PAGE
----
Could Pennsylvania Legalize Marijuana In 2024? Advocates Make The Case For An Adult-Use Cannabis Law

Neighboring states Delaware, Maryland, New Jersey, New York, and Ohio have all already legalized it.
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All eyes are on Pennsylvania now that five out of six neighboring states have access to recreational marijuana, with Ohio being the most recent state to legalize cannabis use. While the keystone state currently has a medical marijuana program, which was passed in 2016, attempts to expand this law over the years have remained unsuccessful. In recent months, however, there has been a renewed push in the state legislature to advance recreational marijuana legislation. Cannabis advocates say it’s “past time” for Pennsylvania lawmakers to act and join Ohio in passing an adult-use bill. 

“I can’t believe that Ohio actually beat us,” Zachary Uzupis, the executive director of Bucks County NORML, told the Bucks County Beacon, adding that Ohio’s chances of legalizing cannabis looked slim until voters passed November’s ballot initiative. “Pennsylvania is absolutely ripe and ready for an adult-use legalization market.” The overwhelming majority of Pennsylvanians agree. According to a 2022 CBS News poll, 66 percent of Pennsylvania voters are in favor of legalizing cannabis in the commonwealth. 

“Legal access to cannabis for adults 21 and over helps diminish the illicit market while prioritizing consumer safety, capturing tax revenue, encouraging job creation and investment while correcting the harms caused by the failed war on drugs,” Meredith Buettner, the executive director of the Pennsylvania Cannabis Coalition, said in a statement to the Bucks County Beacon. In addition to these benefits, Buettner says Pennsylvania’s existing medical marijuana infrastructure will make it that much easier and efficient to set up an adult-use market. 

Pennsylvanians over 21 can currently travel to Delaware, Maryland, New Jersey, New York, or Ohio to purchase legal cannabis products for recreational use. However, there are certain drawbacks to going out-of-state. For one, it’s illegal for Pennsylvania residents to transport marijuana across state lines. In fact, violating this law is a felony offense that can result in federal prosecution and lead to potentially unsafe interactions with the police. “Our legislators are putting Pennsylvanians at risk by not addressing this critical issue,” Uzupis said.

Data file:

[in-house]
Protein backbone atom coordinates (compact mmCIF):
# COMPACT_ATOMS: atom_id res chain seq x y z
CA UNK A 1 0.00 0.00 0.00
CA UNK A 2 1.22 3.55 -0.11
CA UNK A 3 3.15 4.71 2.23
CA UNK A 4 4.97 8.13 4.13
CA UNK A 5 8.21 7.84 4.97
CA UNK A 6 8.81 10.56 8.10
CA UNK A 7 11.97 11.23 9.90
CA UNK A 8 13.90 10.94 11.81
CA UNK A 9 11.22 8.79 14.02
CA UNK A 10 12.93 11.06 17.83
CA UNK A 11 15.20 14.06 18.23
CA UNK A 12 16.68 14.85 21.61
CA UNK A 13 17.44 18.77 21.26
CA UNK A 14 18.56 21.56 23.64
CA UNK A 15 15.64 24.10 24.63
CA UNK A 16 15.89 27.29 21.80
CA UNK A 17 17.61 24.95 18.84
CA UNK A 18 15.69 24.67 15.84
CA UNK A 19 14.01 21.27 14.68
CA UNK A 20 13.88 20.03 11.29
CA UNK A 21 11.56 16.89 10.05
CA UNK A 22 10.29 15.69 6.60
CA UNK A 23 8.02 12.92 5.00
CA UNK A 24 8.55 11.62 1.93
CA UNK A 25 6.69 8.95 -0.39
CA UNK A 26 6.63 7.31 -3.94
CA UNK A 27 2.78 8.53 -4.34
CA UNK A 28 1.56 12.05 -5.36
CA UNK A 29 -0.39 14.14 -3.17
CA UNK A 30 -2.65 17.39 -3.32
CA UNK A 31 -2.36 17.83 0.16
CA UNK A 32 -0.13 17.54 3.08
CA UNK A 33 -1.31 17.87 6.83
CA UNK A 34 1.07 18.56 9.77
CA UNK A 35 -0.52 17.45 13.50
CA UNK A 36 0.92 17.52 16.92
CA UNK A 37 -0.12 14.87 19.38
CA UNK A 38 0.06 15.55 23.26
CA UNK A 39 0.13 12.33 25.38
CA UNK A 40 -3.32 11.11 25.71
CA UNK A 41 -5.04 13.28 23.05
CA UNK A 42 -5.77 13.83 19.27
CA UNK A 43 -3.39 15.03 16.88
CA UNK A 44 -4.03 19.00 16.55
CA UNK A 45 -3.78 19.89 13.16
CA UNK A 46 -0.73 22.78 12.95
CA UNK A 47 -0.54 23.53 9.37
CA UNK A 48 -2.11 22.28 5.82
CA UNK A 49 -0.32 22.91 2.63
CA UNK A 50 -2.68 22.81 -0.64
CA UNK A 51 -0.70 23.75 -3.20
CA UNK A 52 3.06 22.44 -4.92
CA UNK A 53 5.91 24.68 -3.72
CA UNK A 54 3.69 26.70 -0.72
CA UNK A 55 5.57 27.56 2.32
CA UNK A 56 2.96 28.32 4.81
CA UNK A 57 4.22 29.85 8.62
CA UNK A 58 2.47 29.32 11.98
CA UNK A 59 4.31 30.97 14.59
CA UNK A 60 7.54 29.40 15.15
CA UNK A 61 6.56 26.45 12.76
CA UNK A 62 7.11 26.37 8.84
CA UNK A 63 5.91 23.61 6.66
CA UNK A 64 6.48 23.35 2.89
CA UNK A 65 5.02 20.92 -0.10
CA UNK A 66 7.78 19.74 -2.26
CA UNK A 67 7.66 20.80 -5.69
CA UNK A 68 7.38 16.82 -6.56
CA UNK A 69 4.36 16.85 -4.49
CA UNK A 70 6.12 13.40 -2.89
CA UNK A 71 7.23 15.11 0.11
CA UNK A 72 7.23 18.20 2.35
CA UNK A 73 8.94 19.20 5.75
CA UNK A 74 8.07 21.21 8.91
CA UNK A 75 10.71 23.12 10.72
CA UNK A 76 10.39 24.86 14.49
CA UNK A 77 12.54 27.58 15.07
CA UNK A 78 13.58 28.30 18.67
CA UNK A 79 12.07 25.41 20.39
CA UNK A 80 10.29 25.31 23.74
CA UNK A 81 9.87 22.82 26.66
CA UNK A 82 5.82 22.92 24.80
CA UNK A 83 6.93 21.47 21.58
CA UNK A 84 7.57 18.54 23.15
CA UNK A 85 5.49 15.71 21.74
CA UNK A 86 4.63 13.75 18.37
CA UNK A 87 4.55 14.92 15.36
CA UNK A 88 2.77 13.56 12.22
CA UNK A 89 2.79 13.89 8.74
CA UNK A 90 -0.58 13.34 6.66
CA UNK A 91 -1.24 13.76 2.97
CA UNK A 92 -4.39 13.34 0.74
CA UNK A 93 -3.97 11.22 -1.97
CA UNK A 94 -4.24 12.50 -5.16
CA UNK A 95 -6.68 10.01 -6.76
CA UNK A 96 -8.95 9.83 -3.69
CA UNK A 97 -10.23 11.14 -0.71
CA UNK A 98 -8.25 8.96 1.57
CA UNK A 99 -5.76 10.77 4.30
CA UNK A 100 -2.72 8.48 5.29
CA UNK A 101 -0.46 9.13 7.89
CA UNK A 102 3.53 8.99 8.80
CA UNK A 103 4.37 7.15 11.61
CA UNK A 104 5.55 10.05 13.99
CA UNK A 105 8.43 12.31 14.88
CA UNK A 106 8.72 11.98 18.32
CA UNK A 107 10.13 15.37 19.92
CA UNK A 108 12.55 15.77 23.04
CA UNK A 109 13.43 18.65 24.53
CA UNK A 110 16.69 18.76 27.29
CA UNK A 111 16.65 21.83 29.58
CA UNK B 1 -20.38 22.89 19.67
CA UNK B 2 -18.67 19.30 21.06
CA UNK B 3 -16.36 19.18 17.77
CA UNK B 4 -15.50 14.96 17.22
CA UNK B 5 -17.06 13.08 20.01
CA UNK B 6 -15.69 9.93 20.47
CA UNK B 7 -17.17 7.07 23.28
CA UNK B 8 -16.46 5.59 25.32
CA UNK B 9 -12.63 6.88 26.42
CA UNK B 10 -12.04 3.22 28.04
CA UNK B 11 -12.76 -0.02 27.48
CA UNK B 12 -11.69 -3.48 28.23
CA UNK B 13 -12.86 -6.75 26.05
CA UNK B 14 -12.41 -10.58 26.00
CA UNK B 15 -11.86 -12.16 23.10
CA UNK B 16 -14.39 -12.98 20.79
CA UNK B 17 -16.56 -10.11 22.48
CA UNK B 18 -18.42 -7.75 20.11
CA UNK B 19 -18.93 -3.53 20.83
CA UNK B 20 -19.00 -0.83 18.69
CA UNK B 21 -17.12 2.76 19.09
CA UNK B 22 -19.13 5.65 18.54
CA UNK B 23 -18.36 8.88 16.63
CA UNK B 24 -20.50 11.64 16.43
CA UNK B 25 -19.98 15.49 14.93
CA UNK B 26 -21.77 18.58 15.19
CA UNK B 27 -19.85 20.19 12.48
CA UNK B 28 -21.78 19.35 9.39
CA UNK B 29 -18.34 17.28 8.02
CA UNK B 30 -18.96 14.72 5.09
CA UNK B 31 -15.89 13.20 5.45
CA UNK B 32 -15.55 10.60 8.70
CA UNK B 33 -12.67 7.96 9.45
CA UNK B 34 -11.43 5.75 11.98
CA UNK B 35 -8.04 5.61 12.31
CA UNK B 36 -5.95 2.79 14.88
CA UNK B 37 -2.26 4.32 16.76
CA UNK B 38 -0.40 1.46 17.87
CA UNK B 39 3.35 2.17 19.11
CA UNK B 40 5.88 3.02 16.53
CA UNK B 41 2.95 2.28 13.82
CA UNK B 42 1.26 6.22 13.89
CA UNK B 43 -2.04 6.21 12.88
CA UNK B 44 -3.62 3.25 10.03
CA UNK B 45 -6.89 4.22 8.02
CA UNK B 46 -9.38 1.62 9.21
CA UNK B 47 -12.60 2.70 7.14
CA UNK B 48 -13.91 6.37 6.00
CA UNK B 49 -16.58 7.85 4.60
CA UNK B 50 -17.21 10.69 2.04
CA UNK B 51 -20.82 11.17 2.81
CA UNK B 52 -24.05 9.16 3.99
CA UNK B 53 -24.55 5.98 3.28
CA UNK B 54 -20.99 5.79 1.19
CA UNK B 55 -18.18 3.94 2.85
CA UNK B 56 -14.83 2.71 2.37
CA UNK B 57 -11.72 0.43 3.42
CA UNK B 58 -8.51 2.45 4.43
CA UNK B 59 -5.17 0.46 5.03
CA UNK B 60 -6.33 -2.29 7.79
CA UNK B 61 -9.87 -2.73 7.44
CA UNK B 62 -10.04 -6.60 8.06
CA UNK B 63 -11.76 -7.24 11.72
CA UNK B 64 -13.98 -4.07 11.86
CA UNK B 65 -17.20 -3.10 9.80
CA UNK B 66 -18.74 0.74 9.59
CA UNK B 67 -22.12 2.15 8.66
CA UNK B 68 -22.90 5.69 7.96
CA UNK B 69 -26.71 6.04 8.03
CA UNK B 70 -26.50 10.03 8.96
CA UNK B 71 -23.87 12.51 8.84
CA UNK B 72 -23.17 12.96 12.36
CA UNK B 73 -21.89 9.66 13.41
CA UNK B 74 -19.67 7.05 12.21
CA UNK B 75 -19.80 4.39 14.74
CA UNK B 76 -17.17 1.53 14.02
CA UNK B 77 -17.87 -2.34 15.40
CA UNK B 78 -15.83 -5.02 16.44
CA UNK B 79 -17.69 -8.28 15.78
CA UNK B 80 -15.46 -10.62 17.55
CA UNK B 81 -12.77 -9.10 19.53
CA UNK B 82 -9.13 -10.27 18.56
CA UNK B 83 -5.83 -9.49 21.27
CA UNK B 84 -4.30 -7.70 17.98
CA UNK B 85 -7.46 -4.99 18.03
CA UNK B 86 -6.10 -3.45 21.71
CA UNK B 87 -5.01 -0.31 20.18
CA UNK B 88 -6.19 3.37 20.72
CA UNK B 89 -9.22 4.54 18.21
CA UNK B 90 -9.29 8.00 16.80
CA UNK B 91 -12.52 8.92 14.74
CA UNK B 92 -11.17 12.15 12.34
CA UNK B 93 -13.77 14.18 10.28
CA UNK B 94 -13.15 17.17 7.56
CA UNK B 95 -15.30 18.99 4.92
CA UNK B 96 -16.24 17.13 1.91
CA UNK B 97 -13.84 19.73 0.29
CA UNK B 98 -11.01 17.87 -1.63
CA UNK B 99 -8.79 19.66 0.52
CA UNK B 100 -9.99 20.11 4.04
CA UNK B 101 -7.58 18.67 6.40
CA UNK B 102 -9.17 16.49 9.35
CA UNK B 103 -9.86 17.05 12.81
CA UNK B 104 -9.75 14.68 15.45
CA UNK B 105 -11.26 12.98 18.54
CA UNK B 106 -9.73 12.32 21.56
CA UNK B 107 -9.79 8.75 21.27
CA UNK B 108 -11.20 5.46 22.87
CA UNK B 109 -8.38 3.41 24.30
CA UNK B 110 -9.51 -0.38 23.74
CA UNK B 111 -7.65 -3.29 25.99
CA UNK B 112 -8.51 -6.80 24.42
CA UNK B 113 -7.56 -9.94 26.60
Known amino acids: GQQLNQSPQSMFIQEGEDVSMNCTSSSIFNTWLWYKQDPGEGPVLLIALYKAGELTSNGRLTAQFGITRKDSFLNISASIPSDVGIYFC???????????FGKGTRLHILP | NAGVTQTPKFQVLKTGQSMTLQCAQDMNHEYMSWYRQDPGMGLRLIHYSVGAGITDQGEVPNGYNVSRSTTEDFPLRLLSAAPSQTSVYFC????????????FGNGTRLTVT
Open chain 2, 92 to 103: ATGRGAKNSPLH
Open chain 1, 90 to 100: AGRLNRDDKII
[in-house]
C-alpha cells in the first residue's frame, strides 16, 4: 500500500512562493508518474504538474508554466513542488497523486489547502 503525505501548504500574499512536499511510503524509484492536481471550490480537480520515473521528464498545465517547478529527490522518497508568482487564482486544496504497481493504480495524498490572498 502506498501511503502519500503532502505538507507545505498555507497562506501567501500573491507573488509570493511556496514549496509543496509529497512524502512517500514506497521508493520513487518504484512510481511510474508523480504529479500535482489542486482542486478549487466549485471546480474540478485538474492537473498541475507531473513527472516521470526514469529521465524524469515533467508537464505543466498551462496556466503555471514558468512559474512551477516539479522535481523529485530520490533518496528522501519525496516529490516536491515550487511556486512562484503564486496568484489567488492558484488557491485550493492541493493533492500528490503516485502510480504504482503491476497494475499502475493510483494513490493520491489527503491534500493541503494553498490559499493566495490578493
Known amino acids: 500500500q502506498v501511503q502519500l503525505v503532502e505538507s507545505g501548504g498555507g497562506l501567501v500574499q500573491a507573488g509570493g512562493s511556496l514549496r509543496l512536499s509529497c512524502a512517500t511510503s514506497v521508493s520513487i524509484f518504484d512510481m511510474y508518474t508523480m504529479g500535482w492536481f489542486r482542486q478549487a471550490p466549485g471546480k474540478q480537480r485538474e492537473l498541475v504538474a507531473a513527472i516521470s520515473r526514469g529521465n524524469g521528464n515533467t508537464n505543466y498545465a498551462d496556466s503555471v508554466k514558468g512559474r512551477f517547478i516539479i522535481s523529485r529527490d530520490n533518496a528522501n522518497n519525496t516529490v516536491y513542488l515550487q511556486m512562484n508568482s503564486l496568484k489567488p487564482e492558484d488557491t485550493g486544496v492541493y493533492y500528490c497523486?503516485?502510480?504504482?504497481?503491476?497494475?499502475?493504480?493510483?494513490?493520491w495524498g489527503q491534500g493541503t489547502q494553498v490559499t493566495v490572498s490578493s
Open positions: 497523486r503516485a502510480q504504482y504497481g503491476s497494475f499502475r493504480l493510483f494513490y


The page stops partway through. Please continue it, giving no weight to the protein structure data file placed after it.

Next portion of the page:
Under Ohio’s new law, adults 21 and over can buy and possess a maximum of 2.5 ounces of marijuana and grow up to six cannabis plants a person or 12 plants per household. 

So what’s standing in the way of an adult-use cannabis law? 

According to Uzupis, the main culprit is stigma rather than partisanship. “The stigma of cannabis has been entrenched into our Zeitgeist,” he said, noting that there’s “so much work to be done” to normalize and destigmatize marijuana, and that includes legalizing it. He also says that state lawmakers are not quite as divided on cannabis legalization as it might seem. 

While Pennsylvania Democrats tend to favor marijuana legalization more than their Republican counterparts, Uzupis says this a bipartisan issue. 

As it stands, both Democratic and Republican legislators have taken steps to advance this goal, holding informational hearings on cannabis legalization and proposing two separate bills to decriminalize marijuana possession and legalize cannabis use for adults over 21. Senate Bill 846 would allow Pennsylvania residents to possess a maximum of 30 grams of cannabis flower, and five grams of cannabis concentrate, and 1,000 milligrams of THC contained in cannabis-infused products. The measure was introduced by Republican State Senator Dan Laughlin and Democratic State Senators Sharif Street, John Kane, Timothy Kearney, and Wayne Fontana. 

Governor Josh Shapiro has also signaled his support for cannabis legalization, and even signed a law in December that allows licensed medical marijuana grower-processors to sell cannabis products directly to patients. According to Marijuana Moment, this move has created the impression that recreational cannabis sales are not far behind. Buettner told WTIF that she is “optimistic” that marijuana legalization will happen sooner rather than later, but it’s still unclear what a final bill would specifically entail. 

A substantial source of current debate over marijuana legalization in Pennsylvania comes down to where these potential sales would take place: in privately-owned dispensaries or state-run stores. Uzupis says putting the state in charge of cannabis stores is not a “very popular idea,” citing Pennsylvania’s state-run liquor stores, which tend to have higher prices than private liquor stores. 

“Pennsylvanians will suffer if only the state is able to control the supply of cannabis,” he continued. “Market forces should determine the supply of cannabis in Pennsylvania, buttressed by consumer-friendly regulations, and that’s one of the most important things about an adult use market: cannabis will be regulated so that it’s much safer.”

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Catherine Caruso

Catherine Caruso is a Pennsylvania-based freelance writer with a focus on culture, politics, education, and LGBTQ rights.

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